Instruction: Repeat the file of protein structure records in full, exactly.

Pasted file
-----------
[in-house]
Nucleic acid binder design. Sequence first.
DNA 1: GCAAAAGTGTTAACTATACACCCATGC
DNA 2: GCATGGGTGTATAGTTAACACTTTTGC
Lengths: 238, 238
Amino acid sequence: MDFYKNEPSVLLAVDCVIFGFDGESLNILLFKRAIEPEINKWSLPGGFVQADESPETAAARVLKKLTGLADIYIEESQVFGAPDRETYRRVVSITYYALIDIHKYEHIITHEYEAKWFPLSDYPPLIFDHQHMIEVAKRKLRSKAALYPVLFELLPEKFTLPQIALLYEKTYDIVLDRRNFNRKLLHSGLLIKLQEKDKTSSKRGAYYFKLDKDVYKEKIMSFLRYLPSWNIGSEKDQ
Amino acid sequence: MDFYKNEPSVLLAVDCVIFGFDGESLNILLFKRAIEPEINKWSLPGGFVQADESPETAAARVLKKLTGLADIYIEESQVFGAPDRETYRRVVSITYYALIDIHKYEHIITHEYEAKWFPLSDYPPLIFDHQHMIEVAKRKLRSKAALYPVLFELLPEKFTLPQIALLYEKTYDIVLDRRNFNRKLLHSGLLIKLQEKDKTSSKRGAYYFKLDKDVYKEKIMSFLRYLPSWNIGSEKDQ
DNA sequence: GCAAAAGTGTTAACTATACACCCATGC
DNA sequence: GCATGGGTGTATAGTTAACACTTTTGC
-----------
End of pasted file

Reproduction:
[in-house]
Nucleic acid binder design. Sequence first.
DNA 1: GCAAAAGTGTTAACTATACACCCATGC
DNA 2: GCATGGGTGTATAGTTAACACTTTTGC
Lengths: 238, 238
Amino acid sequence: MDFYKNEPSVLLAVDCVIFGFDGESLNILLFKRAIEPEINKWSLPGGFVQADESPETAAARVLKKLTGLADIYIEESQVFGAPDRETYRRVVSITYYALIDIHKYEHIITHEYEAKWFPLSDYPPLIFDHQHMIEVAKRKLRSKAALYPVLFELLPEKFTLPQIALLYEKTYDIVLDRRNFNRKLLHSGLLIKLQEKDKTSSKRGAYYFKLDKDVYKEKIMSFLRYLPSWNIGSEKDQ
Amino acid sequence: MDFYKNEPSVLLAVDCVIFGFDGESLNILLFKRAIEPEINKWSLPGGFVQADESPETAAARVLKKLTGLADIYIEESQVFGAPDRETYRRVVSITYYALIDIHKYEHIITHEYEAKWFPLSDYPPLIFDHQHMIEVAKRKLRSKAALYPVLFELLPEKFTLPQIALLYEKTYDIVLDRRNFNRKLLHSGLLIKLQEKDKTSSKRGAYYFKLDKDVYKEKIMSFLRYLPSWNIGSEKDQ
DNA sequence: GCAAAAGTGTTAACTATACACCCATGC
DNA sequence: GCATGGGTGTATAGTTAACACTTTTGC